Hundreds rallied outside the Massachusetts State House on Sunday to protest the state’s mandate for all of the Commonwealth’s students to receive a flu shot by the end of the year.A sizable crowd had gathered on Beacon Street by 10 a.m.People who were scheduled to speak at the protest told NewsCenter 5’s Josh Brogadir that they do not want to be known as “anti-vaccine,” but they do want to be able to make that decision for their children on their own.”The flu vaccine should not be a mandate. It should be a choice,” said protester Jessica Marchant.On Aug. 19, the Massachusetts Department of Public Health announced that flu shots will now be required for all students in the state’s schools, from child care through colleges. Students older than six months will have to be vaccinated by Dec. 31, unless either a medical or religious exemption is provided.”I just feel like they were taking advantage of the moment, the opportunity of everyone being so fearful,” said protester Mike Megna.”I think parents are vulnerable right now. They need their kids to go to school and they backed us into a corner,” said fellow protester Taryn Proulx. “We feel like we have to just comply or rearrange our whole lives and homeschool our children.” Gov. Charlie Baker said that with tens of thousands of students returning to Massachusetts schools — even though many of them are starting the academic year remotely — and concerns over the spread of the coronavirus, that the flu vaccine is the safest way to help protect students.”There’s evidence, for example, that having influenza may predispose (someone) to getting COVID-19,” said Dr. Robert Finberg, an infectious disease specialist at UMass Memorial Health Care. “In addition, having two viruses is much worse than having one.””We want to make sure our children, whose educations have already been disrupted so much this year, have every opportunity to learn and stay in the classroom,” said Dr. Brian Chow, an infectious disease physician at Tufts Medical Center.Chow says students who are vaccinated for influenza miss fewer days of school than those who are not and that it is an incredibly safe vaccine.According to the U.S. Centers for Disease Control and Prevention, more than 80% of children receive a flu vaccine each year.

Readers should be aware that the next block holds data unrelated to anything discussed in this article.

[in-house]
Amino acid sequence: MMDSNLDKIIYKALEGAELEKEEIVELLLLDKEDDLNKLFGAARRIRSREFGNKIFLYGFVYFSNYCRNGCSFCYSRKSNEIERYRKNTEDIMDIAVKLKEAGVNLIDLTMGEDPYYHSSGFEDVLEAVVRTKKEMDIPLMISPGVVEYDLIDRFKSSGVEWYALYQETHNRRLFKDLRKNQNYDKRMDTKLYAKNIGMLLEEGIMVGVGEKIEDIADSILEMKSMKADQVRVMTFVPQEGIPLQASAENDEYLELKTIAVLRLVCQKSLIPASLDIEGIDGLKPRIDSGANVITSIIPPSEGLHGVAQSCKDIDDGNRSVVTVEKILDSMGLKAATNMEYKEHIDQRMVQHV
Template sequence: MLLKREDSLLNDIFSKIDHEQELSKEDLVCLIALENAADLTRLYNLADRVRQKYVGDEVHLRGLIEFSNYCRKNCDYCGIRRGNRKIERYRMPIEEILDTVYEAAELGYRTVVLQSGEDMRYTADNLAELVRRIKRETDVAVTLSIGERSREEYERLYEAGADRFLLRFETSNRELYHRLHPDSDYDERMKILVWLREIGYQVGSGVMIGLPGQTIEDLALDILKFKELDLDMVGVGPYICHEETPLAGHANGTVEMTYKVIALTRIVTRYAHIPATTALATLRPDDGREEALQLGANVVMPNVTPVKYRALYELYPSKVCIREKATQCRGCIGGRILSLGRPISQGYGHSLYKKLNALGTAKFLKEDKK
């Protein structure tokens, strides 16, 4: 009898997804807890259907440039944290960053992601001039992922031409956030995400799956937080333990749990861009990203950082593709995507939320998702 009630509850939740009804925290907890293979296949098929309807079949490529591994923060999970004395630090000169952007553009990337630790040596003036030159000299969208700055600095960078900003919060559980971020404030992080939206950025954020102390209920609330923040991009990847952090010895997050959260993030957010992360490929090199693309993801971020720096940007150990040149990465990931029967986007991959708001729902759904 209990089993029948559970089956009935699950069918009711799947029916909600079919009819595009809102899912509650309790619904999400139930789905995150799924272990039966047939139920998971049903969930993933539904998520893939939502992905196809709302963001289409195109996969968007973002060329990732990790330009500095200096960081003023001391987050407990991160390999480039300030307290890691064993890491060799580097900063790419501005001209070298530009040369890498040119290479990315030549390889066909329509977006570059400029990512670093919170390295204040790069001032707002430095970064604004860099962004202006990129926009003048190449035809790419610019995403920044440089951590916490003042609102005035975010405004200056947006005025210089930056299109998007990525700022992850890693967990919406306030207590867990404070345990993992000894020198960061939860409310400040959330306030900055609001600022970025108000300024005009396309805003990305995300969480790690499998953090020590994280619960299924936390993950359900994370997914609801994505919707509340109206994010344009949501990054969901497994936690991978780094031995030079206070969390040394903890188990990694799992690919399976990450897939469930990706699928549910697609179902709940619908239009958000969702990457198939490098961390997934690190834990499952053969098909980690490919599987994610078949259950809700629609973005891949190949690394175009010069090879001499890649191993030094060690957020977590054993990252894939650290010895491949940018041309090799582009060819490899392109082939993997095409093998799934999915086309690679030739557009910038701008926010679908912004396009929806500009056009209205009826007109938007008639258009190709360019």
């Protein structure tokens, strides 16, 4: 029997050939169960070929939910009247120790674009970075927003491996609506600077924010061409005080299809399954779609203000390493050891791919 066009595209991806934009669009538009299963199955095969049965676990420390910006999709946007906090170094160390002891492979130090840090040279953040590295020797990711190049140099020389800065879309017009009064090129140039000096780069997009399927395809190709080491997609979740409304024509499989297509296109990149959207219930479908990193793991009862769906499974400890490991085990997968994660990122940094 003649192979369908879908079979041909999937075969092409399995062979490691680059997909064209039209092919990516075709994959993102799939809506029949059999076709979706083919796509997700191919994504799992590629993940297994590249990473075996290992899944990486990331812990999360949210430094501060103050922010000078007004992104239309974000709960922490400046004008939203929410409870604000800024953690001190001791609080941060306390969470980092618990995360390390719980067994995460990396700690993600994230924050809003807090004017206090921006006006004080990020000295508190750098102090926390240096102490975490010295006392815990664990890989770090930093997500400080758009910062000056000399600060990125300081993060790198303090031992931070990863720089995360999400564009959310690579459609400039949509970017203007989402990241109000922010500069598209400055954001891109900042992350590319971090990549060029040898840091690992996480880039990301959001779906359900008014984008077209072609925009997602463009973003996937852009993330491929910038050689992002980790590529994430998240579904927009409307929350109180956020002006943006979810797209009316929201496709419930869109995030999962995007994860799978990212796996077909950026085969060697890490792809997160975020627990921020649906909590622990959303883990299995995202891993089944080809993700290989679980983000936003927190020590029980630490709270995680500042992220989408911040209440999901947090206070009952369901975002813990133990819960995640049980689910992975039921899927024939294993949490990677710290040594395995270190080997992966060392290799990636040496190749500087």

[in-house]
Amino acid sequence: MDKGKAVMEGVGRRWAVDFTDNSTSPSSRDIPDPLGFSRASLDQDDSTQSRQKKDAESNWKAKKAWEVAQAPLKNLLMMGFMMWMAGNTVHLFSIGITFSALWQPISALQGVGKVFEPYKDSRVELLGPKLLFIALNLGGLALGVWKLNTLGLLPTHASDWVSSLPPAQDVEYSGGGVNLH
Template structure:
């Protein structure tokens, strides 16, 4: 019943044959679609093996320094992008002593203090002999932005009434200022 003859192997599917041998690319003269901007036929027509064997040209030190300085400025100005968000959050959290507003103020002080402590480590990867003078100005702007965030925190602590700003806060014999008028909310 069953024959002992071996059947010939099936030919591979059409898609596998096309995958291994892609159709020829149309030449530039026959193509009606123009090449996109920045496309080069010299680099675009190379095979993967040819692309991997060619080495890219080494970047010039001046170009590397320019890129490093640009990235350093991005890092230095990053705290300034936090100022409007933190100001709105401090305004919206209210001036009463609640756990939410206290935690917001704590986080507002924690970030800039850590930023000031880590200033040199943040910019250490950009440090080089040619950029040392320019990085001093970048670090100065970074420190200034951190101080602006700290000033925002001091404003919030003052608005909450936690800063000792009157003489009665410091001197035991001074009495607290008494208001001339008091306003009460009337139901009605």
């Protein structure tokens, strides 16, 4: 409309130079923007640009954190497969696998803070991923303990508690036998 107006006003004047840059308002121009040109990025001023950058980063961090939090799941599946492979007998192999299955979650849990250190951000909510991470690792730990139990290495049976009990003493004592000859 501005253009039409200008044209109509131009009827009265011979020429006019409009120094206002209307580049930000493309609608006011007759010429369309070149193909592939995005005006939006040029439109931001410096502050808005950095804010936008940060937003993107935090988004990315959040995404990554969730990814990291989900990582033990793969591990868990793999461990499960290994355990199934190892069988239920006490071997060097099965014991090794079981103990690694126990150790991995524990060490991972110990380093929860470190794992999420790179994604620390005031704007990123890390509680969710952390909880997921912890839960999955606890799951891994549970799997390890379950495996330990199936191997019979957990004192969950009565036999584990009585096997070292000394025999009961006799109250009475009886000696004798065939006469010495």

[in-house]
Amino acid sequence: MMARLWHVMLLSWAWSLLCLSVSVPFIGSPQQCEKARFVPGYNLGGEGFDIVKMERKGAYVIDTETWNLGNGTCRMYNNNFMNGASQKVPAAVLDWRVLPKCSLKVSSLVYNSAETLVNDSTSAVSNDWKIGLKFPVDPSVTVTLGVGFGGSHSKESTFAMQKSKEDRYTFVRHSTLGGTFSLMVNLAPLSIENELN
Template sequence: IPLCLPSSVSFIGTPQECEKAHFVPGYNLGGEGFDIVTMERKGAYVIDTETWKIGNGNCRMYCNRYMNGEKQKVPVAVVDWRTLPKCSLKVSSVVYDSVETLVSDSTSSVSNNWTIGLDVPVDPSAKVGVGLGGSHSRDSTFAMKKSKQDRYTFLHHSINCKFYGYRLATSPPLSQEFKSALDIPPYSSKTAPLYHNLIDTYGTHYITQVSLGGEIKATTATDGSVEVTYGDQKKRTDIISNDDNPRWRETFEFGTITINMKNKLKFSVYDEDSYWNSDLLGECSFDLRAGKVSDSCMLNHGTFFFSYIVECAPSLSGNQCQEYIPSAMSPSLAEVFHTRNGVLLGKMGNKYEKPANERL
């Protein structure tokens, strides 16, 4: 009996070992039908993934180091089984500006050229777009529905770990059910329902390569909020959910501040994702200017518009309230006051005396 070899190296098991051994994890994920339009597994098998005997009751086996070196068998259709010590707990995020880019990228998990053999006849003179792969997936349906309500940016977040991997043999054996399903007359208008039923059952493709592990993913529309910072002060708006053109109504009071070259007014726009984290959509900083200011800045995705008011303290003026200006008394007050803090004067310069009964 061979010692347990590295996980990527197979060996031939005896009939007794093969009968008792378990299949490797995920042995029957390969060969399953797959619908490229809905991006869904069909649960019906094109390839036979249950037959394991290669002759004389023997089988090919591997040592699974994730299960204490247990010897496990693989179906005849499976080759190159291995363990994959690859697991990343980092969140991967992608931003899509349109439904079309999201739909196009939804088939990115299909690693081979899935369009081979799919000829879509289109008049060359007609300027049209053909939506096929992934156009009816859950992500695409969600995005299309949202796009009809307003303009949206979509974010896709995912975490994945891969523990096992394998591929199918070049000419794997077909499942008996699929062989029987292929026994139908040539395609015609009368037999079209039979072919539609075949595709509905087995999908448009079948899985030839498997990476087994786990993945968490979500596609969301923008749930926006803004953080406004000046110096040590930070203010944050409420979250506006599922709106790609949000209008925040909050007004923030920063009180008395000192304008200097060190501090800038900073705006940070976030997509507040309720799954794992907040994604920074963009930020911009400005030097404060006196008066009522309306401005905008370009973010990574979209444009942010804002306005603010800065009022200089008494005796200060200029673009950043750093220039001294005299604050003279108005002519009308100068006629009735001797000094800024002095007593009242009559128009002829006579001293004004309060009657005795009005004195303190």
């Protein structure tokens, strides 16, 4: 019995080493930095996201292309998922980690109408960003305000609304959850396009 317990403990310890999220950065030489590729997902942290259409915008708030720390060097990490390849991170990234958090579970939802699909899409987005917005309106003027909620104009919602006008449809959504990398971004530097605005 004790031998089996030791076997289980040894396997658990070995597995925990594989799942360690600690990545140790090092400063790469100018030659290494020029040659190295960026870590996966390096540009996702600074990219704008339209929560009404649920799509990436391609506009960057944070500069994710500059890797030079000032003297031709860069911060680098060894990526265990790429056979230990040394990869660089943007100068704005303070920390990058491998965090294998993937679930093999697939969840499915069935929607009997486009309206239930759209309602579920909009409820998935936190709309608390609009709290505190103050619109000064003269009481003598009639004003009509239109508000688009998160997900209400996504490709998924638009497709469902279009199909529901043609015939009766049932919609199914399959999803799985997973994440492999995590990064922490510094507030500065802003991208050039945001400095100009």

Hundreds rallied outside the Massachusetts State House on Sunday to protest the state’s mandate for all of the Commonwealth’s students to receive a flu shot by the end of the year.

A sizable crowd had gathered on Beacon Street by 10 a.m.

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People who were scheduled to speak at the protest told NewsCenter 5’s Josh Brogadir that they do not want to be known as “anti-vaccine,” but they do want to be able to make that decision for their children on their own.

“The flu vaccine should not be a mandate. It should be a choice,” said protester Jessica Marchant.

On Aug. 19, the Massachusetts Department of Public Health announced that flu shots will now be required for all students in the state’s schools, from child care through colleges. Students older than six months will have to be vaccinated by Dec. 31, unless either a medical or religious exemption is provided.

“I just feel like they were taking advantage of the moment, the opportunity of everyone being so fearful,” said protester Mike Megna.

“I think parents are vulnerable right now. They need their kids to go to school and they backed us into a corner,” said fellow protester Taryn Proulx. “We feel like we have to just comply or rearrange our whole lives and homeschool our children.”

Gov. Charlie Baker said that with tens of thousands of students returning to Massachusetts schools — even though many of them are starting the academic year remotely — and concerns over the spread of the coronavirus, that the flu vaccine is the safest way to help protect students.

“There’s evidence, for example, that having influenza may predispose (someone) to getting COVID-19,” said Dr. Robert Finberg, an infectious disease specialist at UMass Memorial Health Care. “In addition, having two viruses is much worse than having one.”

“We want to make sure our children, whose educations have already been disrupted so much this year, have every opportunity to learn and stay in the classroom,” said Dr. Brian Chow, an infectious disease physician at Tufts Medical Center.

Chow says students who are vaccinated for influenza miss fewer days of school than those who are not and that it is an incredibly safe vaccine.

According to the U.S. Centers for Disease Control and Prevention, more than 80% of children receive a flu vaccine each year.

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